Admitting that we need a woodwork course is like asking for directions – we simply don’t like to do it. Clearly, we can build anything with our favorite hammer and a couple of old nails – at least in our own minds. In reality, our limitations often hit us round about the time that we miss the nail and our favorite hammer gets cursed!
We’re always gung-ho and brimming with confidence when we start our latest, greatest new project but we tend to find out very quickly that it will never end up looking like it did in our heads, or that we simply don’t have the skills to finish it. When this realization hits (and once we’ve finished blaming our tools, our workshop, the government, etc), we face the tough choice of either giving up and calling a professional, or taking the time to learn the skills that we’re lacking. In this article, we’re going to consider 3 things that are important when choosing a woodwork course.
Step 1 – Look for an Industry Expert.
Anyone with a little more experience that you in any area can teach you a little on that subject, but it takes an expert to help you really raise your game. For a woodworking course, you should be looking for someone with at least 10 years experience and preferably, someone who’s been published in the professional press.
Step 2 – Look for a Course with Multiple Projects.
If you take a night class in woodworking, you’ll probably learn to make a bird house or a stool or something. These courses will teach you the basics – and you can practice until you’re the best stool builder in the area – but you need more than this in order to apply any new skills to other projects.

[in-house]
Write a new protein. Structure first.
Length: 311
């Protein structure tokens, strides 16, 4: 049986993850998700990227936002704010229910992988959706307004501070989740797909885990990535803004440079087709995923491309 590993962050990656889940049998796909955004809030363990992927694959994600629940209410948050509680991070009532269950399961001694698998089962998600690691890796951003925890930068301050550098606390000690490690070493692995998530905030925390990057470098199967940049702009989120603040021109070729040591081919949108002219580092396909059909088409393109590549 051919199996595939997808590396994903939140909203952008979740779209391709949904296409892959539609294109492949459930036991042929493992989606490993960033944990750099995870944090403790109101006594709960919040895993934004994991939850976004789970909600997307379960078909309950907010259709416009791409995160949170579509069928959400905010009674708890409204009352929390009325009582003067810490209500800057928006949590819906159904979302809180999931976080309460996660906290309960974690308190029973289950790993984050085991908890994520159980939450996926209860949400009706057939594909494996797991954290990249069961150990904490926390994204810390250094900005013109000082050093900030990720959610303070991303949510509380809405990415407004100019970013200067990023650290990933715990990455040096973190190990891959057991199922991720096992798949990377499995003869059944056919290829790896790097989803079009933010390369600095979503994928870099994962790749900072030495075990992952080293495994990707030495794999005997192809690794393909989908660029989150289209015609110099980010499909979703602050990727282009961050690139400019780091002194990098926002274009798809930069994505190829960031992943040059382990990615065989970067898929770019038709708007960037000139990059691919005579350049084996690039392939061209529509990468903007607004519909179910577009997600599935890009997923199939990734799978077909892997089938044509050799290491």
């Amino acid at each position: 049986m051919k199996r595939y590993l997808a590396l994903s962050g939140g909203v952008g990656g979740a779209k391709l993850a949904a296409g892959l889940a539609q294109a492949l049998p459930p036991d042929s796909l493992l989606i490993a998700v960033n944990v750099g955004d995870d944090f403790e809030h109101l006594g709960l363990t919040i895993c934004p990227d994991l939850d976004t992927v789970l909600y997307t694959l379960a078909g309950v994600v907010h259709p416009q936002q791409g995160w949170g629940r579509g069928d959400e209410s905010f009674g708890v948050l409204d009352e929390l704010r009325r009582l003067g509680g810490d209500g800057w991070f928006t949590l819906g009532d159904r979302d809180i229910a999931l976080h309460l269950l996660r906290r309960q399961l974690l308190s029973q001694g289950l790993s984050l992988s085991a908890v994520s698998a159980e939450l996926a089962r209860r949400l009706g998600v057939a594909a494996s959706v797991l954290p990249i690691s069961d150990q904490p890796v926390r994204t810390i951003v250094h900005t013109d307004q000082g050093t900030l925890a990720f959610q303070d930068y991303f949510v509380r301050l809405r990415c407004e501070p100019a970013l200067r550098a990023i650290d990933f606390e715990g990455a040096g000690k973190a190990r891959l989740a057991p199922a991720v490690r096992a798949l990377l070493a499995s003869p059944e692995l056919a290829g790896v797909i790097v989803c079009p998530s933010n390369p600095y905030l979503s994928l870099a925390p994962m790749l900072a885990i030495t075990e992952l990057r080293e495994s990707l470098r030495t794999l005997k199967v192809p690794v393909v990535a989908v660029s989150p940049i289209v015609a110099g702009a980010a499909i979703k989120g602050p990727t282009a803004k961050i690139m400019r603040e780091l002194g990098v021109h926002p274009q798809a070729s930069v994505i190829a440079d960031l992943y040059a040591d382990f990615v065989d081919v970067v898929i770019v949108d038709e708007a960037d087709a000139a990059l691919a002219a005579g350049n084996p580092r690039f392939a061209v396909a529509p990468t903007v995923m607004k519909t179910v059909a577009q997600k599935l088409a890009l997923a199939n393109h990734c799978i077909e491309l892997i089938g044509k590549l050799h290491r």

Keeping this in mind, make sure you only consider woodwork courses that offer a large variety of projects so that you can keep broadening your horizons as you become more skilled. As an absolute minimum, and woodworking course should offer at least a few hundred projects, and I’d recommend that it should be much higher (i.e. several thousand is best) you’ll have significantly more choices when looking for that perfect project for your abilities.
Step 3 – Find a Course that Embraces All Skill Levels.
Following on from step 2, you want a woodwork course that delivers projects for all skill levels. Sure, to start with you’ll probably be focusing on the easier projects but as your abilities improve you’ll want to tackle more challenging builds. A course aimed only at complete beginners won’t cater for your needs for very long and your skills will quickly move beyond what the course can teach – even if the course you’ve found seems to meet the first two criteria really well.
Make sure your woodworking course caters for all levels from beginner to advanced and offers tried and tested projects across the board. This will provide you with appropriate plans and designs for many years to come.
It’s up to you. I’m not going to stop you working with your trusty hammer, some rusty old nails and a grim determination. Alternatively, you can use these three steps to find yourself a great woodwork course!
Jim Holz –
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